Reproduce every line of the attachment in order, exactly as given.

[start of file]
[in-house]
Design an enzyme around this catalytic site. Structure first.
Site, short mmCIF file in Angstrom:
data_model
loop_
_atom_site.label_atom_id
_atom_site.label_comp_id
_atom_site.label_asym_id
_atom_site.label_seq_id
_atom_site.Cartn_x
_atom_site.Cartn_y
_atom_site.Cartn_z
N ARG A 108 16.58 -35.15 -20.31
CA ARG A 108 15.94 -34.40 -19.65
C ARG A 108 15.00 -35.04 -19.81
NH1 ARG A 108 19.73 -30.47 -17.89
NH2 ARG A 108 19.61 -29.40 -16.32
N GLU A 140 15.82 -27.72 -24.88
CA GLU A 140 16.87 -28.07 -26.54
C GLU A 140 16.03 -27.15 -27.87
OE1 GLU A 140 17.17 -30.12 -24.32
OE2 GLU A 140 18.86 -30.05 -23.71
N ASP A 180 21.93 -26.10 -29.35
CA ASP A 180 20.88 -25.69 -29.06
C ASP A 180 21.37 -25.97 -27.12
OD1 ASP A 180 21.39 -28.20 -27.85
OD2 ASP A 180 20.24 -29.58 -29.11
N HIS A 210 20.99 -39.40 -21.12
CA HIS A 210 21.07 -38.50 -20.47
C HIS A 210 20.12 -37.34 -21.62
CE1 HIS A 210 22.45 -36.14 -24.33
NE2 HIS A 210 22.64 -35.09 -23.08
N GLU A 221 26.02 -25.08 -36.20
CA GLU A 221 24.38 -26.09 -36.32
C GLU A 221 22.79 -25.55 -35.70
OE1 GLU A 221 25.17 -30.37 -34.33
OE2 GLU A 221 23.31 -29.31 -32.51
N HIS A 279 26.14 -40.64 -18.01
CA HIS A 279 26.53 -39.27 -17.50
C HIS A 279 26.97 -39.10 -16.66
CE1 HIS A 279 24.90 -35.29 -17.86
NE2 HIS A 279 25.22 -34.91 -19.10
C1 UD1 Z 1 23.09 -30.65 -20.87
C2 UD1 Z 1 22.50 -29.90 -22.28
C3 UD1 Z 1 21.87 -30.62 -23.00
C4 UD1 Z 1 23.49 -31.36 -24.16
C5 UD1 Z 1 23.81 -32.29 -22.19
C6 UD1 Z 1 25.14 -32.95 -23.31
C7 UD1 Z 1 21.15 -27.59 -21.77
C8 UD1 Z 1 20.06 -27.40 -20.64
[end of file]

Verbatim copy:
[in-house]
Design an enzyme around this catalytic site. Structure first.
Site, short mmCIF file in Angstrom:
data_model
loop_
_atom_site.label_atom_id
_atom_site.label_comp_id
_atom_site.label_asym_id
_atom_site.label_seq_id
_atom_site.Cartn_x
_atom_site.Cartn_y
_atom_site.Cartn_z
N ARG A 108 16.58 -35.15 -20.31
CA ARG A 108 15.94 -34.40 -19.65
C ARG A 108 15.00 -35.04 -19.81
NH1 ARG A 108 19.73 -30.47 -17.89
NH2 ARG A 108 19.61 -29.40 -16.32
N GLU A 140 15.82 -27.72 -24.88
CA GLU A 140 16.87 -28.07 -26.54
C GLU A 140 16.03 -27.15 -27.87
OE1 GLU A 140 17.17 -30.12 -24.32
OE2 GLU A 140 18.86 -30.05 -23.71
N ASP A 180 21.93 -26.10 -29.35
CA ASP A 180 20.88 -25.69 -29.06
C ASP A 180 21.37 -25.97 -27.12
OD1 ASP A 180 21.39 -28.20 -27.85
OD2 ASP A 180 20.24 -29.58 -29.11
N HIS A 210 20.99 -39.40 -21.12
CA HIS A 210 21.07 -38.50 -20.47
C HIS A 210 20.12 -37.34 -21.62
CE1 HIS A 210 22.45 -36.14 -24.33
NE2 HIS A 210 22.64 -35.09 -23.08
N GLU A 221 26.02 -25.08 -36.20
CA GLU A 221 24.38 -26.09 -36.32
C GLU A 221 22.79 -25.55 -35.70
OE1 GLU A 221 25.17 -30.37 -34.33
OE2 GLU A 221 23.31 -29.31 -32.51
N HIS A 279 26.14 -40.64 -18.01
CA HIS A 279 26.53 -39.27 -17.50
C HIS A 279 26.97 -39.10 -16.66
CE1 HIS A 279 24.90 -35.29 -17.86
NE2 HIS A 279 25.22 -34.91 -19.10
C1 UD1 Z 1 23.09 -30.65 -20.87
C2 UD1 Z 1 22.50 -29.90 -22.28
C3 UD1 Z 1 21.87 -30.62 -23.00
C4 UD1 Z 1 23.49 -31.36 -24.16
C5 UD1 Z 1 23.81 -32.29 -22.19
C6 UD1 Z 1 25.14 -32.95 -23.31
C7 UD1 Z 1 21.15 -27.59 -21.77
C8 UD1 Z 1 20.06 -27.40 -20.64